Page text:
Some might be surprised but there are people that work in days of nationwide strikes in Greece. They can not be absent from work or do not want to participate in mass protests. GRReporter talked to Greeks and foreigners who believe that despite the difficult economic conditions and hardships of life the outcome of the crisis is work rather than chanting of slogans.
Nikos is middle-aged and works as a salesman at a kiosk for newspapers and cigarettes. It is open from seven in the morning to eleven at night. The salesmen work in shifts and his friend Angelos works in the second shift. The monthly rent they pay for the booth to the owner is three thousand euros but now they seem out-of-reach. He told that they covered the rent and the expenses for approximately two weeks once but today the situation is quite different. "They ruined us with these strikes," he said. "All the city life stops. I do not know how long this will go on."
He says that since the beginning of the year after excise duties on cigarettes were increased twice as well as the income VAT their work has dropped very much and they work just to cover their costs. "We only turn the money into goods. We earn nothing and on top of that there is a strike every day in Athens this year." He said he is also discontent with the government policy but also believes that trade unions are "sold" and that all protests and riots have the sole purpose of opening the public outrage rather than achieving any particular results.
"I do not go on strike because the business is mine and if I do not work there will be nothing to eat," said the 38-year-old Anastasia, who works in a flower shop in downtown Athens. She said that she would not have gone to work on the day of national strikes if she was employee and had the chance to do it, but would not come out cheering in the streets either. "I work from eight in the morning until eleven at night. If I had the opportunity, I would stay home. It is neither logical nor efficient to chant slogans outside the Parliament and to be sprayed tear gas in the face. Some people have real problems."
Dina, who is 34 years old and works as a lawyer in an international company, said: "The strikes do not make sense, because the small man pays the cost of change ultimately." She said that ideally even all are absent from work on the day of national strike as a sign of disagreement with the policy pursued, Greece will not change.
Wry smile was the answer to the question "But aren’t on strike today?" I asked the two girls behind the counter in one of the coffee shops from the Grigoris fast food chain in the heart of Athens. The owner was at the other end of the shop arranging the sandwiches. He smiled and said: "We have no time for strikes" and it really looked like that. People in a hurry who wanted warm cappuccino or freshly baked pastry were coming in and out. And they worked as a conveyor in Grigoris. Then I remembered what a friend of mine that also works in a cafe had told me: "Unionists do pay me neither the salary, nor the electricity bill."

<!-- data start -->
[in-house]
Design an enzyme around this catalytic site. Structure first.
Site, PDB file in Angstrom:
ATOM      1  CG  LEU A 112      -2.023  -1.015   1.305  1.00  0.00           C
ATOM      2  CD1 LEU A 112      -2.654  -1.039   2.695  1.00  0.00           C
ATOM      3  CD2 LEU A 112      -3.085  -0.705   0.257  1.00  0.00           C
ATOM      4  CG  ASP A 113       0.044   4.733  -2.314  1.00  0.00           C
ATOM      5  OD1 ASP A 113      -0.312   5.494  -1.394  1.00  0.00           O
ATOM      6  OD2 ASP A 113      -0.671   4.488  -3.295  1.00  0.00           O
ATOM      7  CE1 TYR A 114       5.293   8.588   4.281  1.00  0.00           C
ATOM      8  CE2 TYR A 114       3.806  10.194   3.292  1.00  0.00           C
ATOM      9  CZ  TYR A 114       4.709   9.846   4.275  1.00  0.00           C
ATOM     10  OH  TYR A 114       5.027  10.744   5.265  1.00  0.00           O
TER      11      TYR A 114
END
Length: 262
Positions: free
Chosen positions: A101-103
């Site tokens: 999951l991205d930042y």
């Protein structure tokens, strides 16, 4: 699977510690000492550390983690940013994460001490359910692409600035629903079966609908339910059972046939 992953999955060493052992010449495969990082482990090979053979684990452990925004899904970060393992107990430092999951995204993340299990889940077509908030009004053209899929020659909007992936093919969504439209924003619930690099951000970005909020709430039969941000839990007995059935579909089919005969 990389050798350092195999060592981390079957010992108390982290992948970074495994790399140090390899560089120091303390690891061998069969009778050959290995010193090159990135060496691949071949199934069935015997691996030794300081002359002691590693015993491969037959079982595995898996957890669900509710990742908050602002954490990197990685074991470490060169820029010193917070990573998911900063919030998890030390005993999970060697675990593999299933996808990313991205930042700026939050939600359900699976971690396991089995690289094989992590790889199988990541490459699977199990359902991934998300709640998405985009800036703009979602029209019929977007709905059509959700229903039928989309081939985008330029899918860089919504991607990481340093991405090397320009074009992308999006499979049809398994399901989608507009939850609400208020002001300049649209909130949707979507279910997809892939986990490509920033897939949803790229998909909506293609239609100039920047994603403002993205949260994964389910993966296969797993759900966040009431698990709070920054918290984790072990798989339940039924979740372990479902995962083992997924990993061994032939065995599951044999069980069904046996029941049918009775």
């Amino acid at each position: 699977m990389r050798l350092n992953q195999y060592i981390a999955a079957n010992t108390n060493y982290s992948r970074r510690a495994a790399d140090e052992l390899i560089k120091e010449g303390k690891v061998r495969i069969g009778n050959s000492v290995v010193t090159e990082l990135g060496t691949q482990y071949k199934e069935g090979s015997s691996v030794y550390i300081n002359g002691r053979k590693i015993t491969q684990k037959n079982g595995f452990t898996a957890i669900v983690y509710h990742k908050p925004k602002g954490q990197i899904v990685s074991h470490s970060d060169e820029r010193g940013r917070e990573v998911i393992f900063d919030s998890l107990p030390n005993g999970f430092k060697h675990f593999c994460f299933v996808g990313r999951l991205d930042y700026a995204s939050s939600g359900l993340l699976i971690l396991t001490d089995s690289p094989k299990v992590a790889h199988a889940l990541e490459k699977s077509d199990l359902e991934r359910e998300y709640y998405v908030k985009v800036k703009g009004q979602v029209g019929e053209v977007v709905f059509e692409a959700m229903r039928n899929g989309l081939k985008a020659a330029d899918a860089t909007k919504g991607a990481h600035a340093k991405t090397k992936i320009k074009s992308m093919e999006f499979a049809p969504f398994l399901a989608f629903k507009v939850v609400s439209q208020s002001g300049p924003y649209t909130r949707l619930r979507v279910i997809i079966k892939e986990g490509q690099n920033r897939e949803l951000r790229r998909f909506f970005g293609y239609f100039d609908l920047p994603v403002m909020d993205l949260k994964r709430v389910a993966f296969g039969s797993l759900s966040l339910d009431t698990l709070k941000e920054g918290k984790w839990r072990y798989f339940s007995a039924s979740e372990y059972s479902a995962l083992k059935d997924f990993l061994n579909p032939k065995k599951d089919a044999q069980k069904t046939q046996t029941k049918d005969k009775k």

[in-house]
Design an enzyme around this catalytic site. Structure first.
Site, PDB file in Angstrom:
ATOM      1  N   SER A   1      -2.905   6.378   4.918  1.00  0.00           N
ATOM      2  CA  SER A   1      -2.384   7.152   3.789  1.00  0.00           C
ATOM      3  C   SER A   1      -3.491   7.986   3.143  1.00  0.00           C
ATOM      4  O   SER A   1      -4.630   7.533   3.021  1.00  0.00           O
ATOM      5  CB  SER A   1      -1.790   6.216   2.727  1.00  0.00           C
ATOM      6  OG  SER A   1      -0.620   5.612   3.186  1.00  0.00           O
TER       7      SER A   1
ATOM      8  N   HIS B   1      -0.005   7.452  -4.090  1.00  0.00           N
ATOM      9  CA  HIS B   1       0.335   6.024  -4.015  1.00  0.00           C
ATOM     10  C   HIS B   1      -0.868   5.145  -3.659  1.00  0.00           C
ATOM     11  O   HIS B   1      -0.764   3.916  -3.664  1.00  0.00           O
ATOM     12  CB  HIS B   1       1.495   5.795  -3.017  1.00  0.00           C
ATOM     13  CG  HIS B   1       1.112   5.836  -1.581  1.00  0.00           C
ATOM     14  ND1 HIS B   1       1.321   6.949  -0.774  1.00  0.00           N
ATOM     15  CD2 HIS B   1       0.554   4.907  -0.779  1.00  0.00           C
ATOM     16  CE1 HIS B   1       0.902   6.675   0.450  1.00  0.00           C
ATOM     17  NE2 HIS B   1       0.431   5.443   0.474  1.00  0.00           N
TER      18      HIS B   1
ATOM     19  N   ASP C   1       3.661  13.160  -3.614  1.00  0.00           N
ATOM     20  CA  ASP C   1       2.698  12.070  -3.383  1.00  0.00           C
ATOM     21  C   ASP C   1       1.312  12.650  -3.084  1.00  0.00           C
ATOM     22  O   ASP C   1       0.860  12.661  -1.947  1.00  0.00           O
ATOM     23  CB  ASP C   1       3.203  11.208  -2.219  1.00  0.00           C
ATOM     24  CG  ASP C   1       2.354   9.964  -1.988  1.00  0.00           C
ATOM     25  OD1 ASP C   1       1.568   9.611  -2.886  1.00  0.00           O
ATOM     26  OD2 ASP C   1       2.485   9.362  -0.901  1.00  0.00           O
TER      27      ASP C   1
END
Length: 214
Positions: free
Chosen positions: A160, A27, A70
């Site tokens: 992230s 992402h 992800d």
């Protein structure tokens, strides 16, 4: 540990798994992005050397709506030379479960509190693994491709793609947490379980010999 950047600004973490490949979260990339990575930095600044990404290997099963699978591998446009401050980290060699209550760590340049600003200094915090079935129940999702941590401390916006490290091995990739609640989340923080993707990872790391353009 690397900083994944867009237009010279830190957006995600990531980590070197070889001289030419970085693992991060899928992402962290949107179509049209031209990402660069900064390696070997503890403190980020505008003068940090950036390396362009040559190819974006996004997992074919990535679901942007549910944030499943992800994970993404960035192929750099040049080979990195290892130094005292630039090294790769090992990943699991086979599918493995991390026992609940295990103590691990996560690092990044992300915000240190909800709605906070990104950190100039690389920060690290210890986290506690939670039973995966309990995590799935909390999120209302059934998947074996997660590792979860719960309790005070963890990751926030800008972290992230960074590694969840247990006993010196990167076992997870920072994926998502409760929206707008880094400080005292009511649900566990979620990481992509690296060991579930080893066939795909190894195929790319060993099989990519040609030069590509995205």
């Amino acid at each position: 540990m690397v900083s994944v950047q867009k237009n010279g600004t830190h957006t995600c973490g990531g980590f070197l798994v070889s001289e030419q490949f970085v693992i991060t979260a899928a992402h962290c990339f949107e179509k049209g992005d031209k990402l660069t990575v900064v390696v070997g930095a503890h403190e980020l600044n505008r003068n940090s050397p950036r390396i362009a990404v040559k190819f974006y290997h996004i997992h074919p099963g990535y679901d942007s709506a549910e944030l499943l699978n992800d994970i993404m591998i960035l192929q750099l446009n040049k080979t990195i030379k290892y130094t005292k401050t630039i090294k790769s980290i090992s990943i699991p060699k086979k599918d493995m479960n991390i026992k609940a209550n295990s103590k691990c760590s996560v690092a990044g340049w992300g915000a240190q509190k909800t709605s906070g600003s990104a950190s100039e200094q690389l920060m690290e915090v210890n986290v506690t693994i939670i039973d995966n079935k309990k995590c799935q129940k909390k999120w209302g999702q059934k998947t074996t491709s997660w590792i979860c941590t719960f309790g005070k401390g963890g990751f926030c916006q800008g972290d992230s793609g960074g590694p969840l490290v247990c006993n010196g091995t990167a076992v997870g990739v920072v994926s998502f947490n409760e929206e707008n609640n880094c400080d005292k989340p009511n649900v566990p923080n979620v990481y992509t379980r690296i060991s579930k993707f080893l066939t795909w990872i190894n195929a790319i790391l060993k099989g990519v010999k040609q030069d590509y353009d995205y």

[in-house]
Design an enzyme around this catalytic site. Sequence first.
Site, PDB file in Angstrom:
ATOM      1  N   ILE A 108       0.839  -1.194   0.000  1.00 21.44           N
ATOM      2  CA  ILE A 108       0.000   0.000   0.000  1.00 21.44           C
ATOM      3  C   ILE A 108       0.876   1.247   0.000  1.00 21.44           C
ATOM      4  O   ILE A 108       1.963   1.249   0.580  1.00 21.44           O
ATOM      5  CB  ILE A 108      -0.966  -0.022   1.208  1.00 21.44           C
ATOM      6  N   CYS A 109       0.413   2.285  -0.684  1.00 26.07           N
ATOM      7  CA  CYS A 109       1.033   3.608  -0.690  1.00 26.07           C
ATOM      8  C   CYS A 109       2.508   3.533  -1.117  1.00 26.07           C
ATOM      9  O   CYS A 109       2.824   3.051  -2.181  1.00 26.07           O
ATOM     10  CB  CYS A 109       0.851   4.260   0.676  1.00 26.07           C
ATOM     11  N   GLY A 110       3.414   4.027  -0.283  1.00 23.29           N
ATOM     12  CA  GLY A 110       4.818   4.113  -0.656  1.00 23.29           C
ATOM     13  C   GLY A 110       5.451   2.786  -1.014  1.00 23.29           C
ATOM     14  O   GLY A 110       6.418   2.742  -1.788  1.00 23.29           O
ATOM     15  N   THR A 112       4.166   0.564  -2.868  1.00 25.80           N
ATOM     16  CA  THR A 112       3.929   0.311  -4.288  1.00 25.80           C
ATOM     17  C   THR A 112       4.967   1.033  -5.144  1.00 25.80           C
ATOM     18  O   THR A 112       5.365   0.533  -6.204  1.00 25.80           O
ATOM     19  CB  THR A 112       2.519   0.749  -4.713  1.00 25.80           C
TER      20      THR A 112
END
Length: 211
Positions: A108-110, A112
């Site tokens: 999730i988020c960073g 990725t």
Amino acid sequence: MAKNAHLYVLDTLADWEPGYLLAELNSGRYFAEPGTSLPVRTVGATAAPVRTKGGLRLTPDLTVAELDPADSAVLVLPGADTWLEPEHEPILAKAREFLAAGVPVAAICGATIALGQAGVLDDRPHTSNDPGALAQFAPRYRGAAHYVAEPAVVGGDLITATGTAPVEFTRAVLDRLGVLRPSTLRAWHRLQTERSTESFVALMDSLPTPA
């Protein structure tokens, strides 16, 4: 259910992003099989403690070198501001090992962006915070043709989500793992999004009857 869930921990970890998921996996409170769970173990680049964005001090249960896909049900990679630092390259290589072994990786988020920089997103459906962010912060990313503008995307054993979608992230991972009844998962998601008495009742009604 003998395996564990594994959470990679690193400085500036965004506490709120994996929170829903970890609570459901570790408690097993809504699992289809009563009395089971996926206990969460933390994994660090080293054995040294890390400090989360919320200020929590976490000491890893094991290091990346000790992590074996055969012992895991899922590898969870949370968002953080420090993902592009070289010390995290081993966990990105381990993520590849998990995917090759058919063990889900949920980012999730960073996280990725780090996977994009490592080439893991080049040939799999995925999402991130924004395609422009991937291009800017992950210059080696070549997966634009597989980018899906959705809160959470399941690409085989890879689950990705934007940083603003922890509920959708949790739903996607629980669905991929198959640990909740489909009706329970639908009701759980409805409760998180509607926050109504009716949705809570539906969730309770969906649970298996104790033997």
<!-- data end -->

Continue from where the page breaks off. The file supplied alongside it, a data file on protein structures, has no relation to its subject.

Dimitris is 29 years old. He works in a motorbikes service and said that strikes do not make any sense. "Strikes are for civil servants who do not bother that will be fired." He works in the service nearly three years and claims to get well with the owner. The salaries of four of the five employees in the company had to be cut a month ago. "My salary wasn’t cut because it is the lowest, but other colleagues’ salaries were cut by about 15% not to lay off any of us."
Dimitris said he understands the problems the owners of the service experience. Work has declined after the increase in VAT and excise duties and the prospects, according to him, are that things will only get worse. "I see no reason to be absent from work and to shout in the streets for rights that no one would give me. Of course, I want higher salary and fewer working hours, but now it's unreal. I would do the same if I were the owner of the service shop."
While the central square of Athens is burning, life in the country goes on. The Bulgarian Diana, which has been living in Greece in the past 15 years and is currently working in the accounting department of a medium company in the northern suburb Kifisia, said: "The Greeks do not know what they want - they have everything and behave like spoiled children. They do not seem to understand that there is no easy way out. The state will not move forward until we all begin to work responsibly - from street cleaners to the Prime Minister." She was explicit that protests are not a decision for the way out. The answer is the work. "I'm not happy with the working conditions, but I know that there is no choice at the moment." According to her, most people who go on strikes and protests have a secure income and do not worry that if they lose their jobs they will remain on the street. "Obviously a lot of things in Greece must be changed and this process is not easy, but with arson, pogroms and blocking the public infrastructure there will be no progress in the near future."